One thing I liked about the book was (unlike many other watch books I have read) it was actually quite liberating to know that owning a George Daniels watch is almost impossible. Even just having the opportunity to see a Daniels watch in the flesh is difficult. I could admire the extraordinary craftsmanship, but I found my usual “watch-lust” greatly reduced as they are virtually impossible to obtain. Admittedly there also exists the 50 Millennium wrist watches he made using a modified Omega movement together with his only apprentice Roger Smith but these are also held by collectors and can sell for over $100,000. Probably the closest that us mere mortals can get to owning a Daniels watch is an Omega fitted with a co-axial escapement which he invented in 1974 and then sold to the company in the 1990s after trying for years to find a manufacturer willing to take on his idea. I think it is rather sad that today Omega fail to mention his role in their marketing and often come very close to taking credit for something they didn't invent. (see this for example). It’s quite a shame as I would have thought his story would have fitted very well with the image that Omega likes to project. Daniels made very little money from the co-axial escapement which has made Omega millions; actually he didn’t make a huge amount from his watches at all as most required a year’s worth of full-time labour to complete. He died a wealthy man but most of that wealth came from buying, restoring and then on-selling vintage British sports and racing cars.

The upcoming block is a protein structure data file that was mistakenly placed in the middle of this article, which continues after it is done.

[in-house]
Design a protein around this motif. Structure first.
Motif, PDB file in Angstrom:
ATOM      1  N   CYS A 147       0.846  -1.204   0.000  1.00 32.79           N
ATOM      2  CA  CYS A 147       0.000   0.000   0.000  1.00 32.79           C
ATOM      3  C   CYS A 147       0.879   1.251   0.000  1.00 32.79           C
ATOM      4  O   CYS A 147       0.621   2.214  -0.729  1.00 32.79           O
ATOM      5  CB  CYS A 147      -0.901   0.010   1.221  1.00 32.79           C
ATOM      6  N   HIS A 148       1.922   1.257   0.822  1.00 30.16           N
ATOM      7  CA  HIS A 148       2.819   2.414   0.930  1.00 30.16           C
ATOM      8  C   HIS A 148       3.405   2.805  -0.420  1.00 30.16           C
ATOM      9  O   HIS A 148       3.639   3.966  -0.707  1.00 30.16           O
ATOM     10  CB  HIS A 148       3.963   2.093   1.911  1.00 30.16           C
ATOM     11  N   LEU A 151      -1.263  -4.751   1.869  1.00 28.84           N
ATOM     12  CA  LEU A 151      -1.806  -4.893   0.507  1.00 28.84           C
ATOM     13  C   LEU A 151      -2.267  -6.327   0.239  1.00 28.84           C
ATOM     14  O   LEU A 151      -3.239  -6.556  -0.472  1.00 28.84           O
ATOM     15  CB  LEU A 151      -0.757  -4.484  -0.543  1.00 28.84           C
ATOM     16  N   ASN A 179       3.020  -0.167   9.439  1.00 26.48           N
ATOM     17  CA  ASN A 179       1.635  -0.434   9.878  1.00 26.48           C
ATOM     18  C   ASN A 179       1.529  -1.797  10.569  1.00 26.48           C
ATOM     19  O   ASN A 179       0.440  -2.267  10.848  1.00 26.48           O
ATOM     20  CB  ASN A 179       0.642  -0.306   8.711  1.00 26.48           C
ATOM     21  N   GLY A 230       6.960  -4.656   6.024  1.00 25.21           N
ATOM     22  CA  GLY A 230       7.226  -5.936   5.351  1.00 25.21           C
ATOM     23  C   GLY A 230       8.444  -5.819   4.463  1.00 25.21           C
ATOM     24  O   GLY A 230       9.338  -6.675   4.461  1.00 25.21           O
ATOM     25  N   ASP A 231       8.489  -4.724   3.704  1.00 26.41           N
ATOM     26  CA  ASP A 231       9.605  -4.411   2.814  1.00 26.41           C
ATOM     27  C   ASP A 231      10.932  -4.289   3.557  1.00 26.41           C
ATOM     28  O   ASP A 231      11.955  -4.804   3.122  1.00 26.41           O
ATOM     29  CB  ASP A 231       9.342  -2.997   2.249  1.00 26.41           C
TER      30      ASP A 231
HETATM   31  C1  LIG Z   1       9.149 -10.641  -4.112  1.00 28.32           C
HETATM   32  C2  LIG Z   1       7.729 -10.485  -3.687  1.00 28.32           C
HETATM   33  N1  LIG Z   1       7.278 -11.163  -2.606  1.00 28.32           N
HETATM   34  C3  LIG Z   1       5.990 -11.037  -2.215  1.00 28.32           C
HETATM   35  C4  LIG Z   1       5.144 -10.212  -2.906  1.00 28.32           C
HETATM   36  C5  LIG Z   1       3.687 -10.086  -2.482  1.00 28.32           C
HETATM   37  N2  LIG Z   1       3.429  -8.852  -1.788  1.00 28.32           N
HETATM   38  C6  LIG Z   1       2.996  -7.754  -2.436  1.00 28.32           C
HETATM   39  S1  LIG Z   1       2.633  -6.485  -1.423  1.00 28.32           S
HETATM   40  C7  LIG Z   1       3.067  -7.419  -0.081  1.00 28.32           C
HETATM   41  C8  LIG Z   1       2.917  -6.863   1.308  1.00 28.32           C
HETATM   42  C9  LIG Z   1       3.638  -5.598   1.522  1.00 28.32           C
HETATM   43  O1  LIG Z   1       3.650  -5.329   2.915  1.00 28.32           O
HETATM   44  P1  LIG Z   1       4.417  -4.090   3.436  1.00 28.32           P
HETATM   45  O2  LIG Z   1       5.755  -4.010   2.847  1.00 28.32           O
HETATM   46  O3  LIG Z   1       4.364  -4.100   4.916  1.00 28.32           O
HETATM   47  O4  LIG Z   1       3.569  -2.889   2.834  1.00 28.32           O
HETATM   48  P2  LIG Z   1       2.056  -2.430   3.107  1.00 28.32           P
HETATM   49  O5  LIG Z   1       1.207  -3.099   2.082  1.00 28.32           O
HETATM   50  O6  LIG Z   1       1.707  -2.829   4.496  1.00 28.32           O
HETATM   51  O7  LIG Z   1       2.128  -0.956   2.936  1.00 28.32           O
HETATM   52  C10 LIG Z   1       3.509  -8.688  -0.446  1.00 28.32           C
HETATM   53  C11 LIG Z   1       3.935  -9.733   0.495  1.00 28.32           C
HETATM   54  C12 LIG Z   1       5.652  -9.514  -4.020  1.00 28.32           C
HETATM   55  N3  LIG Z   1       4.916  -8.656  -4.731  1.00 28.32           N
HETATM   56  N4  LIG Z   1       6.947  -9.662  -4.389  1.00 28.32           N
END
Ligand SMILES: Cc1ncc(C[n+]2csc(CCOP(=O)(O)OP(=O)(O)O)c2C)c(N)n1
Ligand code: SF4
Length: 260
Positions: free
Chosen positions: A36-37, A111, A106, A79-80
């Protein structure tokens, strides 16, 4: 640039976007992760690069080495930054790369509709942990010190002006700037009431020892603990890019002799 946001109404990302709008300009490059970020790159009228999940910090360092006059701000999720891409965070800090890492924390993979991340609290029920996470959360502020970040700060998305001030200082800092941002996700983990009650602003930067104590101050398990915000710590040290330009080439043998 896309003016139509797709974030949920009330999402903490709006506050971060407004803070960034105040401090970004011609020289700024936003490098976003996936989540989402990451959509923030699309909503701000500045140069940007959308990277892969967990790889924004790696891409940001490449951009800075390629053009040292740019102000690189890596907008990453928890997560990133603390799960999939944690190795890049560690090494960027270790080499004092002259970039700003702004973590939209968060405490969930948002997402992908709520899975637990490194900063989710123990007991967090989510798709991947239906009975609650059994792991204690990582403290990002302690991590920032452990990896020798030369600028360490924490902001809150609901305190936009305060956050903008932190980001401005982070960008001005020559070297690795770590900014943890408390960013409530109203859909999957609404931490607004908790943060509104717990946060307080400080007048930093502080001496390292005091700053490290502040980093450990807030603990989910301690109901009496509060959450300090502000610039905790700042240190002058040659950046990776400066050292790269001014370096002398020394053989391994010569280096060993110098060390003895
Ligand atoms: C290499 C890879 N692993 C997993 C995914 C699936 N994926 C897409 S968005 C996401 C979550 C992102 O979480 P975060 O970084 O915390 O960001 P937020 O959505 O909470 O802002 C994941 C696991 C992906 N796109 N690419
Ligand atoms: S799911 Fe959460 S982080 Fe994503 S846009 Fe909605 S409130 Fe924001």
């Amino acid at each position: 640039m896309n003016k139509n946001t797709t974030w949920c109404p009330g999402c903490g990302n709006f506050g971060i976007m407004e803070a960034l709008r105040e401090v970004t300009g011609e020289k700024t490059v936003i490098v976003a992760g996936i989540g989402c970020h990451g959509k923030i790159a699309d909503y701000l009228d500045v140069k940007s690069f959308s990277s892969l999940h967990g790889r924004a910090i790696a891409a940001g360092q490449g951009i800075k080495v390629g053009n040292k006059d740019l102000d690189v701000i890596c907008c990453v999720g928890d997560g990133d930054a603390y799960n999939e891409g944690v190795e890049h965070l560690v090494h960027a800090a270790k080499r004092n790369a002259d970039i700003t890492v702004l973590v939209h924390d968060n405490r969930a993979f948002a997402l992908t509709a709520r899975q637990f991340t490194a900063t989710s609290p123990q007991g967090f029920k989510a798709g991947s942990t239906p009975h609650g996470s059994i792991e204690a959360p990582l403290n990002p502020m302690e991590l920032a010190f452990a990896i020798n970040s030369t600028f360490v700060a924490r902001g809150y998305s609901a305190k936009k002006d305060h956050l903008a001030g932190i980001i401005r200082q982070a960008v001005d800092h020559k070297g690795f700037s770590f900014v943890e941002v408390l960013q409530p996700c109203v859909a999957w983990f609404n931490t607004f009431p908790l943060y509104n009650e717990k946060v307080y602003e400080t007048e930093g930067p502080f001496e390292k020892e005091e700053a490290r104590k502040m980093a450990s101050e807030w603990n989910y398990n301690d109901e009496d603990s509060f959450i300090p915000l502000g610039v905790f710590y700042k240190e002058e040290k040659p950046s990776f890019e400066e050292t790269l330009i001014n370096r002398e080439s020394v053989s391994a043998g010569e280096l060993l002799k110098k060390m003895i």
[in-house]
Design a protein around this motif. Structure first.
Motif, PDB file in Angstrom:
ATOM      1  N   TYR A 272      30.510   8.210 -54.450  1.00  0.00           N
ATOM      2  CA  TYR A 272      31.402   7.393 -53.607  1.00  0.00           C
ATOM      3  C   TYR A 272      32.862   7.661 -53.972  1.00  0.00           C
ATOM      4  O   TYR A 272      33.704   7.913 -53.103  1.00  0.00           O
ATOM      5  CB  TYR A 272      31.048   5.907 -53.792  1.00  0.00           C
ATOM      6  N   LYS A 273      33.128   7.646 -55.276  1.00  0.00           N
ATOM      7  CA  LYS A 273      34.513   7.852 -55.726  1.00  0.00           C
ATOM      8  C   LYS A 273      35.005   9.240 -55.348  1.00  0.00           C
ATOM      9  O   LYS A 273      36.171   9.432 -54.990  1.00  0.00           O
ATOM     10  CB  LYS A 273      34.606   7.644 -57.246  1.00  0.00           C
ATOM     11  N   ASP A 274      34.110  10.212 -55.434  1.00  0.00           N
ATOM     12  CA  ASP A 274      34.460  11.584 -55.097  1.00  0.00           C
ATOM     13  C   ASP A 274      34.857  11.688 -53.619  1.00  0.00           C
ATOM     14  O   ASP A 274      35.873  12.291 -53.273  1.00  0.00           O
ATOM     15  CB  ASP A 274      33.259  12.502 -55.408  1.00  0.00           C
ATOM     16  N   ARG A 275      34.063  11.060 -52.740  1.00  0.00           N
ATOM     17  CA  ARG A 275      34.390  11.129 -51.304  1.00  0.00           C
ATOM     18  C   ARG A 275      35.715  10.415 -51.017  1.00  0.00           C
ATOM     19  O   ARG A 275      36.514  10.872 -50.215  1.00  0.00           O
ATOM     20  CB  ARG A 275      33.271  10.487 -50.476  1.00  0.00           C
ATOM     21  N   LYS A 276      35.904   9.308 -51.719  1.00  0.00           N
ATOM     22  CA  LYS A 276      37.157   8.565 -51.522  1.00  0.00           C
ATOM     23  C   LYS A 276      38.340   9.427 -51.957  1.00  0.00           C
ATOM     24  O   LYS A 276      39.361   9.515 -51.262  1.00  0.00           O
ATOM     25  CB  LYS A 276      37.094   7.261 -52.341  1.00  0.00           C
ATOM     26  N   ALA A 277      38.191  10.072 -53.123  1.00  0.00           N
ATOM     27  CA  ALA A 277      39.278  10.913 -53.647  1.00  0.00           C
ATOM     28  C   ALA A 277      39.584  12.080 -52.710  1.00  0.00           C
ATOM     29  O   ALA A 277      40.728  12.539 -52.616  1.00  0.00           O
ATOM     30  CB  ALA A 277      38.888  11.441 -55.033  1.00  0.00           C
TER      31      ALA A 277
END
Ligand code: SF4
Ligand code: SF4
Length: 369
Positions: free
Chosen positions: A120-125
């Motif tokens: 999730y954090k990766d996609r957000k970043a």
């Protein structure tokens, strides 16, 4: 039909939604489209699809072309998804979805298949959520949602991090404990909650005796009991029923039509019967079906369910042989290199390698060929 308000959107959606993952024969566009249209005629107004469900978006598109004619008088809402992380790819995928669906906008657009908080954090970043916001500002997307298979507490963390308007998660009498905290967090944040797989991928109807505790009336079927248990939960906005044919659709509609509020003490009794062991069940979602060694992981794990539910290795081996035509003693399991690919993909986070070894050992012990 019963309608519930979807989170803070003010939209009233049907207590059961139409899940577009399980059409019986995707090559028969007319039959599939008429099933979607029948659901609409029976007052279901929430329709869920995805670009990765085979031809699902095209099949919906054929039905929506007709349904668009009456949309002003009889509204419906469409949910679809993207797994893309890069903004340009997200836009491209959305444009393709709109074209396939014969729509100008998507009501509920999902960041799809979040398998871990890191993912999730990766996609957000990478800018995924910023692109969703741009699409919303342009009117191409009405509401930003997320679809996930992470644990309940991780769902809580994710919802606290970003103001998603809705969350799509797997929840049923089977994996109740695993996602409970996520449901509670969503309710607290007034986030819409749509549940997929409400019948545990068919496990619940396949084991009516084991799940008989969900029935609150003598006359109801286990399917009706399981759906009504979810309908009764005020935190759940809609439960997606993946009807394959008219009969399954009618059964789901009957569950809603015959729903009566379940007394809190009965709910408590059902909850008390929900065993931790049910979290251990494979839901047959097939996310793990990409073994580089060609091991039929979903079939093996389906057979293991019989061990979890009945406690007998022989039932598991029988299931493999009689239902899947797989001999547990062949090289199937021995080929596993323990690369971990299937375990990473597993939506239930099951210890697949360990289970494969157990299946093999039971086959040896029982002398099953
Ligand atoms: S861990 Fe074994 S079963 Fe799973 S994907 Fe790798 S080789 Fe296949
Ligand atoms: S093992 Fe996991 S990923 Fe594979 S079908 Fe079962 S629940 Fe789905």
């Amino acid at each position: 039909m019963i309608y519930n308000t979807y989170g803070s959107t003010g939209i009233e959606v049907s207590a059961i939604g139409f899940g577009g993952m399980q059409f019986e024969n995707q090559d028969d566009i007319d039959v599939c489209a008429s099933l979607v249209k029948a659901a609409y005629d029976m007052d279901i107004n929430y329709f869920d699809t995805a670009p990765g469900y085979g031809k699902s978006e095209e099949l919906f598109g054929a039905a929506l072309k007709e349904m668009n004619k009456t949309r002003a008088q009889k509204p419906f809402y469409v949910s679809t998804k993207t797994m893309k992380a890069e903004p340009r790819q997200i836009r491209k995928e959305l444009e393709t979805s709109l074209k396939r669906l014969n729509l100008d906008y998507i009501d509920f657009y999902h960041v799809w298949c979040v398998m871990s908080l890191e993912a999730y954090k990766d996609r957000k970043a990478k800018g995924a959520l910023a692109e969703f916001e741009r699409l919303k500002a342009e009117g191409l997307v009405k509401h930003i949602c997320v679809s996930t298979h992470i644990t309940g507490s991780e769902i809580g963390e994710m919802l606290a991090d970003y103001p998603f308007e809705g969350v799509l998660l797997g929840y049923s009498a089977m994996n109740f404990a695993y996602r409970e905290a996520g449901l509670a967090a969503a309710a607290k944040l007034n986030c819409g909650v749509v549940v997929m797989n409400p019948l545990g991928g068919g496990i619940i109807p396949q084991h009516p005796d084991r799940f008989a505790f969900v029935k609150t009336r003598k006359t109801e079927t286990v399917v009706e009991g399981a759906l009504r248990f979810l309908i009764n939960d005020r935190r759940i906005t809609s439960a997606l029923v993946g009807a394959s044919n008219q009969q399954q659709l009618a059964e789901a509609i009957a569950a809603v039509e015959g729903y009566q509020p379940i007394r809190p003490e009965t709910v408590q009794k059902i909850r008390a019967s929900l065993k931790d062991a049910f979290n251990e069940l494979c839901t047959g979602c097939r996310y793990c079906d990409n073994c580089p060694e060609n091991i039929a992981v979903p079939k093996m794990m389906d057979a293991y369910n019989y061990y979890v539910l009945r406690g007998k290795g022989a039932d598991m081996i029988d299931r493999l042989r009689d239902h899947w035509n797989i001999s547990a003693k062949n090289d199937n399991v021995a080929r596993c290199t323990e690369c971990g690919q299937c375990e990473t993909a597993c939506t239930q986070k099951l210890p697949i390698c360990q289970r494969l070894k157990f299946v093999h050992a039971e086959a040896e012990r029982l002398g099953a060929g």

Sadly, as is often the case with such driven men, his personal life was less than a happy one. His marriage to the daughter of a wealthy client, which was to became his "key" into the rarefied British upper-class, was not to last. His relationship with his only child appears to have been virtually non-existent and the watch he made for her in 1970 ("The Sarah Jane" ) was never passed on to her and sold for £349,250 at the Daniel's auction held at Sotheby's late last year when his remaining estate was sold off to raise funds for an educational trust . One can only speculate how the terrible conditions of his childhood could have impacted on his ability to form a loving family bond.